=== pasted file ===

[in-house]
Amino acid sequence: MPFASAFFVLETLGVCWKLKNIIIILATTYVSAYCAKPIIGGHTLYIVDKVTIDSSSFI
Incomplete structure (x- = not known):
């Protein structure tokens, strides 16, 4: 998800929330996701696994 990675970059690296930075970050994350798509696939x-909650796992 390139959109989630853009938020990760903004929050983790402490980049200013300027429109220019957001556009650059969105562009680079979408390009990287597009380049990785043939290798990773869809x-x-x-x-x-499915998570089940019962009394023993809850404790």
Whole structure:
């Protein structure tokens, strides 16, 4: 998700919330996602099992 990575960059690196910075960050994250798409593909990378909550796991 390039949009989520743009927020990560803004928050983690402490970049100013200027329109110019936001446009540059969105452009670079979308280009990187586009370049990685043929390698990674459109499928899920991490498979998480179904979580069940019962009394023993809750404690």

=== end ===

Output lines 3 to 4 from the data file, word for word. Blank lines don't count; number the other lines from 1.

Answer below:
Incomplete structure (x- = not known):
């Protein structure tokens, strides 16, 4: 998800929330996701696994 990675970059690296930075970050994350798509696939x-909650796992 390139959109989630853009938020990760903004929050983790402490980049200013300027429109220019957001556009650059969105562009680079979408390009990287597009380049990785043939290798990773869809x-x-x-x-x-499915998570089940019962009394023993809850404790």